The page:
IRVINE, CA: The Great Park Gallery presents Balance, an exhibition that studies the evolving relationship between nature and humanity through installation art and sculptural work. The exhibition opens Dec. 3 and runs through Feb. 19. A free opening reception is set for Sunday, Dec. 4 from 1-3 p.m.
The exhibition features artists from the United States who examine time and patience including Vaughn Bell, Marissa Gawel, Isabelle Hayeur, Esther Traugot, Jedediah Corwyn Voltz and Andre Woodward, with highlights from Storm King Art Center in New Windsor, N.Y. With a sense of wonder, this group exhibition negotiates with environments while investigating their intricate details and exploring their nostalgic landscapes.
The public is invited to the Great Park Gallery at the Palm Court Arts Complex on Thursdays and Fridays from noon to 4 p.m. and Saturdays and Sundays from 10 a.m. to 4 p.m. through April 10 to explore this free exhibition. For more information, visit ocgp.org or call 949-724-6880.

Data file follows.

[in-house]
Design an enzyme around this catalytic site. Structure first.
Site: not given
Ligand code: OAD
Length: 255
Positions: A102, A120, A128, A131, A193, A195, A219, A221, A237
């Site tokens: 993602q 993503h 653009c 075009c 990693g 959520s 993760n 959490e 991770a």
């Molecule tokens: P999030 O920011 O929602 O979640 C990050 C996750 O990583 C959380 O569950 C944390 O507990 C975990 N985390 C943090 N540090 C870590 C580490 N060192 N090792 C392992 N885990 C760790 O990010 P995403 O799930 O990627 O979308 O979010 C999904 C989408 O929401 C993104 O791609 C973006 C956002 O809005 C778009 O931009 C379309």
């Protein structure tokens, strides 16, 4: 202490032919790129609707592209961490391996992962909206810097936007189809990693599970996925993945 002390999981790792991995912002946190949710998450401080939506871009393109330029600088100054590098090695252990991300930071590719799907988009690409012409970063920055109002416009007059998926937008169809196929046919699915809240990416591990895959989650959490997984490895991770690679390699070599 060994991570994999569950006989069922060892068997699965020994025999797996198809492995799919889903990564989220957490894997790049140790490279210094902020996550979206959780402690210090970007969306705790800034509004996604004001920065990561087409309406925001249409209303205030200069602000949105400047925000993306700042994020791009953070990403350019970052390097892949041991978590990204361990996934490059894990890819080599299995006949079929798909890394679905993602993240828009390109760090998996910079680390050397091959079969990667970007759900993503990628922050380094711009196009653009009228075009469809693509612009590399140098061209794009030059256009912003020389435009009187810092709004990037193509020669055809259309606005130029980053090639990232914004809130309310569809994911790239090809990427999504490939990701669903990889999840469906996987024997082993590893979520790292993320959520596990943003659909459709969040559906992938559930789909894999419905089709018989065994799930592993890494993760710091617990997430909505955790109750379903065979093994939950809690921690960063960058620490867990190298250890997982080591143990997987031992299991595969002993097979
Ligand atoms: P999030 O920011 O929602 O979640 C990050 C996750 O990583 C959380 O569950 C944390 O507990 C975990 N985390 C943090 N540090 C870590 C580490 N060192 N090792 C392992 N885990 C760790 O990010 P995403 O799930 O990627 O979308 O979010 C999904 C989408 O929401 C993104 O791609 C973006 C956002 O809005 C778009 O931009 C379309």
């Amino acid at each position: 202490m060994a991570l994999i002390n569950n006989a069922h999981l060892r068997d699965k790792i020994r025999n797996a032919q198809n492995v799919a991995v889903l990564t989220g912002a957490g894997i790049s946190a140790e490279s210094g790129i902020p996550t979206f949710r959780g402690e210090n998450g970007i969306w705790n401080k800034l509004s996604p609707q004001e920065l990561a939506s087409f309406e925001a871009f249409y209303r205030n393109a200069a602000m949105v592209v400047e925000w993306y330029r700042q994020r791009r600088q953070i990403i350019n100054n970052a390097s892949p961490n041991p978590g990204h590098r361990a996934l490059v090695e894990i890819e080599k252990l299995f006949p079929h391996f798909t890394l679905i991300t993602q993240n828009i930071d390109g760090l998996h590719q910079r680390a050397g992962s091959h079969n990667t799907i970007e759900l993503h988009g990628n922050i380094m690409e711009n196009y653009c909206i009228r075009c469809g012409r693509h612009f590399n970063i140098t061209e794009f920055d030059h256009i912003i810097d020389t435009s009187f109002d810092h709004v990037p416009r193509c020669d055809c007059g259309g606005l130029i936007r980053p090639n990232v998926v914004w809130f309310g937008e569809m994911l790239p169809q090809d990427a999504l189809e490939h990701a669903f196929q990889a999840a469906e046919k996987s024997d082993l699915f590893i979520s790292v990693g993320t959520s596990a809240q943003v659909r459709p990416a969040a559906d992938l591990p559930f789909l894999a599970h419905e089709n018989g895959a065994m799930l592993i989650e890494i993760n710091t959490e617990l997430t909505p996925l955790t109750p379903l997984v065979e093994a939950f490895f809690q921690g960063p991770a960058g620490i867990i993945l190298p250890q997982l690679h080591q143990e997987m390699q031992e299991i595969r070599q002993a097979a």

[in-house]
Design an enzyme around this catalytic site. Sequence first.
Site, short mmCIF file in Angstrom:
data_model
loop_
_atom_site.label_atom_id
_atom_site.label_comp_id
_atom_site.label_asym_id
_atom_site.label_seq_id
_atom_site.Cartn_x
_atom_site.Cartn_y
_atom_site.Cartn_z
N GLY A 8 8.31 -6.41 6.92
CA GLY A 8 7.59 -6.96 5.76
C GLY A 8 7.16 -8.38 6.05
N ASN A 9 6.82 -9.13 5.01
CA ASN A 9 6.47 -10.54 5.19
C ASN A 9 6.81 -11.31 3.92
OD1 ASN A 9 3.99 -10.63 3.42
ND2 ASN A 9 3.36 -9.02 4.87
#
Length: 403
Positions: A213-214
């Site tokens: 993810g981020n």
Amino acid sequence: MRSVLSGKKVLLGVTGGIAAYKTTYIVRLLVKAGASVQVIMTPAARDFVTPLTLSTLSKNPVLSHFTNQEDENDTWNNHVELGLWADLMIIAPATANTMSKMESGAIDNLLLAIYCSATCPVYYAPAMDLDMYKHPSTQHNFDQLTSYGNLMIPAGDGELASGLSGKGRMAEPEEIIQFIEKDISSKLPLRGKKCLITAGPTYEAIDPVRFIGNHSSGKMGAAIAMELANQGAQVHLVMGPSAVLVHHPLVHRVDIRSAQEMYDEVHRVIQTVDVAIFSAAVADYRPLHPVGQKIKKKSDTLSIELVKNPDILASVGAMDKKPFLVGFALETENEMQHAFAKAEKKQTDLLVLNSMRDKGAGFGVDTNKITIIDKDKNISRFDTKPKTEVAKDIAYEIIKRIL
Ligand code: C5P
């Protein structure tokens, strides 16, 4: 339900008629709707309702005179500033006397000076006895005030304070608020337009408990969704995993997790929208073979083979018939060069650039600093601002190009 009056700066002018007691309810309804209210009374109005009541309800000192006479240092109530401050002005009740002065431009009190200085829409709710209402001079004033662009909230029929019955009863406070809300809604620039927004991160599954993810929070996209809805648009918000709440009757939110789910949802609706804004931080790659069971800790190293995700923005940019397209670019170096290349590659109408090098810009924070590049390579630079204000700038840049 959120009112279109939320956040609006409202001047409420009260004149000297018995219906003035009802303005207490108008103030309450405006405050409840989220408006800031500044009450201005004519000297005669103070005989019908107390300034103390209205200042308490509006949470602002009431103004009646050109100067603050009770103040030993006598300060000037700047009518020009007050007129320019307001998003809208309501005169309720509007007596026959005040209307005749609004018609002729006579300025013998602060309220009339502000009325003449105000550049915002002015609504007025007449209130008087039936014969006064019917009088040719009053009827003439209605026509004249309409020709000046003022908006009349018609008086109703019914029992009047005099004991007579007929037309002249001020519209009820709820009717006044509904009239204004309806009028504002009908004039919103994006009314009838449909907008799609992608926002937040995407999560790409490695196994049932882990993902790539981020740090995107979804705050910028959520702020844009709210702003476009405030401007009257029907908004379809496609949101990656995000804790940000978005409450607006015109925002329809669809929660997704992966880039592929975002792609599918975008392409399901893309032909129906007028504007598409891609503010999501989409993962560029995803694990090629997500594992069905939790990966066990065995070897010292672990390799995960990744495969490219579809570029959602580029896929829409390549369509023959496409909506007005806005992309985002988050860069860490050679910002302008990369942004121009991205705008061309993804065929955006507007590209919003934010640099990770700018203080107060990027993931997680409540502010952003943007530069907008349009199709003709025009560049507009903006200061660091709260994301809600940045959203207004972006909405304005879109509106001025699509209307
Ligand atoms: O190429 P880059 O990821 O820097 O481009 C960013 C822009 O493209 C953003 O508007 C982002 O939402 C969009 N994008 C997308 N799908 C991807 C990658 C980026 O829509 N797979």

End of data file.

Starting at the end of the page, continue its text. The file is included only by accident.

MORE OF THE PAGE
Since its incorporation in 1971, Irvine has become a nationally recognized city, with a population of 258,386 that spans 66 square miles and is recognized as one of America’s safest and most successful master-planned urban communities. Top-rated educational institutions, an enterprising business atmosphere, sound environmental stewardship, and respect for diversity all contribute to Irvine’s enviable quality of life. This family-friendly city features more than 16,000 acres of parks, sports fields and dedicated open space and is the home of the Orange County Great Park – the first great metropolitan park of the 21st century. For more information, please visit cityofirvine.org